The Burden of Liberty

Statue of Liberty with fireworks in backgroundFireworks, footlongs, baseball and the beach are the usual order of the day on the U.S. Independence Day holiday. Our philharmonic here in S.C. will accompany lakeside festivities with the usual 1812 Overture, complete with cannon fire. And many will contemplate the years they served in uniform, or supported someone who did. Being in the Bible Belt, no doubt some will pray for our country and sing patriotic hymns. The predominant emotions, though, will be enjoyment of a long weekend and cookouts with friends.
Cherry Hill Seminary serves students and includes faculty from a number of countries, but we acknowledge our American residency, roots and culture by reflecting on what spiritual messages we might glean from July 4th. The U.S. certainly has much to be proud of. There is also more than enough shame to go around. Americans (and many Pagans, I might add) have often been brash, self-absorbed, and obsessed with the idea of independence—whether national or personal—as rivaling the common good for supremacy.
Being so recently transplanted from other shores, most of our ancestors might have cautioned us that liberty is a rare flower which only thrives in the right conditions, with a time of bloom that can be shorter than we anticipated. Our indigenous – First Nations friends can certainly attest to that truth. I happen to love flowers and go to some trouble to keep my yard blooming most times of the year. I know all too well that neglect or just hoping for a good outcome are not enough to ensure a colorful display in my garden.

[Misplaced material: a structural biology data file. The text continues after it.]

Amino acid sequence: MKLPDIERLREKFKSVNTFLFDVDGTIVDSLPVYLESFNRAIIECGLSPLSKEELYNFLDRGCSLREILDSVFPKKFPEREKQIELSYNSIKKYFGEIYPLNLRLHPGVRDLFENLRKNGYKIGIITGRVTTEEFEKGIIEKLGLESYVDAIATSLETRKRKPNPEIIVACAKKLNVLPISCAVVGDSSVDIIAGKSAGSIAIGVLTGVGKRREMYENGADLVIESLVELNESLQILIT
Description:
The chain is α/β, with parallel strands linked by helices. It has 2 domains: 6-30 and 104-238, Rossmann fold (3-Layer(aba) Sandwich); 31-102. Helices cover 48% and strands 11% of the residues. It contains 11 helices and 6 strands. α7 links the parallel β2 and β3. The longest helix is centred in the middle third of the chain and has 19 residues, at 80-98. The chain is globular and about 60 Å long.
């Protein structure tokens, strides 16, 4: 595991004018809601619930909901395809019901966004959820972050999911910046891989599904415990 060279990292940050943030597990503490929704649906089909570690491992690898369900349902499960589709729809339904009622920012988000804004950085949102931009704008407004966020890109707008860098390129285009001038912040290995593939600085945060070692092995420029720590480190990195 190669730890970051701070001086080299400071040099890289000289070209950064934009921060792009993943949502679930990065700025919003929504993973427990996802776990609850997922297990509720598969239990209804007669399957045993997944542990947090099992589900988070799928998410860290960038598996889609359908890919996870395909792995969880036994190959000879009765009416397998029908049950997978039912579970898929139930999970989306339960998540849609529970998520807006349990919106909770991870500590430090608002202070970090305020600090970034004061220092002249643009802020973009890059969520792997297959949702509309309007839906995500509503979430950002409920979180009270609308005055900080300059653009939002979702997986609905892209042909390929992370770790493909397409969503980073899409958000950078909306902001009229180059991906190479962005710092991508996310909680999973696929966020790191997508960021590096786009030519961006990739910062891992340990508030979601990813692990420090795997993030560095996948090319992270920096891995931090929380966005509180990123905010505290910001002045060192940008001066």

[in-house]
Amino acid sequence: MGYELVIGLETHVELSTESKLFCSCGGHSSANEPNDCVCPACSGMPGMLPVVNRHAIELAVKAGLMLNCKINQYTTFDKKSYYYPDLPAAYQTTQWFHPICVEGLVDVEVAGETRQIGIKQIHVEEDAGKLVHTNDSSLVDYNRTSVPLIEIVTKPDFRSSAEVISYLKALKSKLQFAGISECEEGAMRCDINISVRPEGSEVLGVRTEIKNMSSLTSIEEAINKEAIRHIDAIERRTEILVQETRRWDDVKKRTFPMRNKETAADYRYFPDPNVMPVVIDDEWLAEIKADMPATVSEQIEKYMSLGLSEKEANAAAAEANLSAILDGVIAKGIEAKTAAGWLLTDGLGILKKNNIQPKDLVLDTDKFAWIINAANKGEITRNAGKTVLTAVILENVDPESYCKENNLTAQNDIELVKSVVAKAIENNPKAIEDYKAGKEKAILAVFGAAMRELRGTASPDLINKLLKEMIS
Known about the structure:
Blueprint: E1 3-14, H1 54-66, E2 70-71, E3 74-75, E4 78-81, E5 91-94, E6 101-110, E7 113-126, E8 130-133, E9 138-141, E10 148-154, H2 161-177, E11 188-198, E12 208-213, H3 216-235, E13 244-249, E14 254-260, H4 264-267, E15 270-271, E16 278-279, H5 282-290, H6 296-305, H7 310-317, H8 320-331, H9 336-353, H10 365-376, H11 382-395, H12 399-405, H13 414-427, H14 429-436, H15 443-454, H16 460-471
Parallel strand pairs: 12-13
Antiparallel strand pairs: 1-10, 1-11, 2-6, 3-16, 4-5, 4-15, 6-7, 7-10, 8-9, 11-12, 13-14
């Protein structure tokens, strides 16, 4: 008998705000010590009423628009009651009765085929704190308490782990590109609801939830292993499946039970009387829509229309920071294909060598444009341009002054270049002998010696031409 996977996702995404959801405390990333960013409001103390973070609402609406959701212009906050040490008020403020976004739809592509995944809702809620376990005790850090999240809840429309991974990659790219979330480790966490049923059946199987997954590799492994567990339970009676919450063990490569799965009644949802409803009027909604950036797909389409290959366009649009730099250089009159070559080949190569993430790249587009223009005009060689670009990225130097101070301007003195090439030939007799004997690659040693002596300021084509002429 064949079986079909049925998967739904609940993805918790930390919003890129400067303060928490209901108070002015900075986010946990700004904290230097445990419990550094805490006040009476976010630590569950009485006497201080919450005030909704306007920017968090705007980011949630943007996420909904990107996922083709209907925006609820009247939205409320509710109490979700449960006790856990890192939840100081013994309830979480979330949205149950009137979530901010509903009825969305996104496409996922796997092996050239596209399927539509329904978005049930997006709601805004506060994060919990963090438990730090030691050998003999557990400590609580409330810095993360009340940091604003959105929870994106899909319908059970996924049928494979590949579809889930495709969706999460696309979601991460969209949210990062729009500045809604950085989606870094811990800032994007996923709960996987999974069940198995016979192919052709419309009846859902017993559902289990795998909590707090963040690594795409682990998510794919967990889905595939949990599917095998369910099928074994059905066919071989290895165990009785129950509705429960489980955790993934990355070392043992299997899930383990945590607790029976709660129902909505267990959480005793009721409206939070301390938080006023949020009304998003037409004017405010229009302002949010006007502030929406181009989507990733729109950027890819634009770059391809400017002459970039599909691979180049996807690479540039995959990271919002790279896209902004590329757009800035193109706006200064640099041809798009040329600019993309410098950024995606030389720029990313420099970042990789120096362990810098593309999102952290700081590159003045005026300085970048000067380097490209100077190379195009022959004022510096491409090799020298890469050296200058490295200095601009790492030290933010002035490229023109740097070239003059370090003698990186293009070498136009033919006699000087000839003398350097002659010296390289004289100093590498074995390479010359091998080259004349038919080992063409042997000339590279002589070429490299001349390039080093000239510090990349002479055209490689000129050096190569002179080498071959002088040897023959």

Gardening wears me out and leaves me aching; so does the work of being a citizen in my country. It is not enough for me to only read the news I want to see, hope the local zoning and water commissions will issue permits that are good for the land as well as the community, or substitute clicktivism on social media for actually trying to understand issues and make an impact myself. At the time that I write, it is looking as if negligence may have caused the deaths of at least 150 people at a collapsed condo in Florida. The final crash of concrete happened quickly, but the signs were there several years ago. Likewise, our neglect of healthy community can begin to crack the foundations of democracy.
This weekend may we enjoy some long overdue fun, including the hotdogs. But let’s also pause to contemplate the work—the burden, if you will—of enjoying a way of life that few in history have known. Ask your gods, consult your preferred divination, and discuss with your intimates, how to make our world a kinder, stronger, safer place. Commit to the ongoing burden of liberty, and look forward to more beautiful seasons of its flowering.
– Holli S. Emore
Executive Director
Cherry Hill Seminary